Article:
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The Sankey Flood Risk Management Scheme (FRMS) aims to reduce the flood risk to over 580 homes and businesses from Sankey Brook, Dallam Brook and Longford Brook in Warrington. Key areas include Sankey Bridges, Dallam, Bewsey and Callands.
The Environment Agency will be working in partnership with Warrington Borough Council, United Utilities, the Department for Education, and the North West Regional Flood and Coastal Committee.
This project is a recommendation from the Warrington Flood Risk Management Strategy (dated 2010).
Linking to this Strategy, to date the Environment Agency have delivered the River Mersey Flood Risk Scheme in Warrington which provides flood protection to over 2,000 properties and businesses along the River Mersey.
Flood risk is predominantly from fluvial and surface water within the proposed area of interest. There is a tidal influence from the Mersey that can affect Sankey Brook and its tributaries.
There is a history of flooding in this area; notably 2000, 2003, 2008, 2012, 2019 and most recently during the Storm Christoph flood event of January 2021.
There are a number of potential flood risk measures that are being considered as the Environment Agency develop a preferred solution for the Sankey Brook FRMS. These include:
Environmental benefits and opportunities are being considered throughout the development of the scheme. The Environment Agency want to ensure that the Sankey Brook Flood Risk Management Scheme enhances the environment by creating or improving habitats in the area, improving recreational and amenity areas, and delivering tree planting and other similar opportunities which will develop and enhance the character of the area.
In developing the proposals the Environment Agency will look to minimise the carbon emission of their work to support Environment Agency aspirations and objectives.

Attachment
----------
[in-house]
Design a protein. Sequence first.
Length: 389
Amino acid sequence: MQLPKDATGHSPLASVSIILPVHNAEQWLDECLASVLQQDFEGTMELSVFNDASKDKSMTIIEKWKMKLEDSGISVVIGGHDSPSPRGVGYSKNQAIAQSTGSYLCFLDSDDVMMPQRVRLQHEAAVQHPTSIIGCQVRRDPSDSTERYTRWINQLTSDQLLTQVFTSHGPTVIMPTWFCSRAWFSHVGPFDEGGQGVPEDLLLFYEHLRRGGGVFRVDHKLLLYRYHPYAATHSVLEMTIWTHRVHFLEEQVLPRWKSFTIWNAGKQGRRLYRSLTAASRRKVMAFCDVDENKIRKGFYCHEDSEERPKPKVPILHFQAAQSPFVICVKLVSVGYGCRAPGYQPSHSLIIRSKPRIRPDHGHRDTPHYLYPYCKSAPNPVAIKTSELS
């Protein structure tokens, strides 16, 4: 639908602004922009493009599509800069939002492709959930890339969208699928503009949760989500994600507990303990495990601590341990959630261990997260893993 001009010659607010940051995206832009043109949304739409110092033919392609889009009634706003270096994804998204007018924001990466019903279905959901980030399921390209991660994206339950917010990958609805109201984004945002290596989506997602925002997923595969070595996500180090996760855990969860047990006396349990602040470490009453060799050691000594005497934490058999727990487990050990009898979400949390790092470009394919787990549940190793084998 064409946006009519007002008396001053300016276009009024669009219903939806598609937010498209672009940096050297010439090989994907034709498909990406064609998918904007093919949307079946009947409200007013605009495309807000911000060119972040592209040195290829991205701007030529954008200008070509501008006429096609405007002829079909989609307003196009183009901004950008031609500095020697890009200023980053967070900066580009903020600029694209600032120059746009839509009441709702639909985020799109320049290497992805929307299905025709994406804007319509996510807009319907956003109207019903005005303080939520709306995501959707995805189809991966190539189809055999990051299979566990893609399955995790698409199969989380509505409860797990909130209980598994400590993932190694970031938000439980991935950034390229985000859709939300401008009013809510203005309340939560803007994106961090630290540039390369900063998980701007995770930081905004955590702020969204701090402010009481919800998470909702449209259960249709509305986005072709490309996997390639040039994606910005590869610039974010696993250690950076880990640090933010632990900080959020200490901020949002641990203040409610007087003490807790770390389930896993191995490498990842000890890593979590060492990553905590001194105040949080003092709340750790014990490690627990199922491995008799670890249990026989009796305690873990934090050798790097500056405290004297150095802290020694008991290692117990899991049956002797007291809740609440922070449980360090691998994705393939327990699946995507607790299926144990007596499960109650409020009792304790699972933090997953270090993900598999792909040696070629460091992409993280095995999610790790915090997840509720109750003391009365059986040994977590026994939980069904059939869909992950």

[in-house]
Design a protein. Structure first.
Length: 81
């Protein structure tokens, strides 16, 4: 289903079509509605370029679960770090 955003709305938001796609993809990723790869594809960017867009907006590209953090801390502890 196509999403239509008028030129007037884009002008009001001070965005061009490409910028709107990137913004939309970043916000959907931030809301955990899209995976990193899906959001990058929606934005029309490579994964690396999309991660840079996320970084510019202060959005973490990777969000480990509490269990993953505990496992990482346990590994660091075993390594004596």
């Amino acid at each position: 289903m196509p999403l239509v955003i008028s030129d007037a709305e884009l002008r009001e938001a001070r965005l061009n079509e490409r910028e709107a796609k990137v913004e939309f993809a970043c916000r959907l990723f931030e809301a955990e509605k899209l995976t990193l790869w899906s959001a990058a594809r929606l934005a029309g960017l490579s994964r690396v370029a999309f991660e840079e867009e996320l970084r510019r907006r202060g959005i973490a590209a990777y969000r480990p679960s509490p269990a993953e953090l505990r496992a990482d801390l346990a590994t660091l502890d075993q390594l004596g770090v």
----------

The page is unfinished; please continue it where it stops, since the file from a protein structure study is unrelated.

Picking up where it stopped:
The funding from central government for managing flood risk in England is known as ‘Flood Defence Grant in Aid’. This will be the primary source but the Environment Agency are also actively working with key partners including the Department of Education, the Northwest Regional Flood and Coastal Committee and other bodies to identify other potential funding streams for this Scheme.
|Preferred Scheme Identified||End of 2023|
|Outline Business Case Approved||End of 2024|
|Detailed Design and Funding for Construction Approved||2026|
|Construction Complete (Ready for Service)||2030|
Last updated: July 2023
This consultation is now closed and the information below was correct at the time of consultation.
The Sankey Brook Flood Risk Management Scheme (FRMS) is the third and final project to come out of the Warrington Flood Risk Management Strategy, which was produced by the Environment Agency (EA) in 2010.
This project is looking to reduce the risk of flooding from all sources within the study area. This includes fluvial and tidal flood risk from Sankey Brook, Dallam Brook and Longford Brook as well as surface water flood risk to local properties.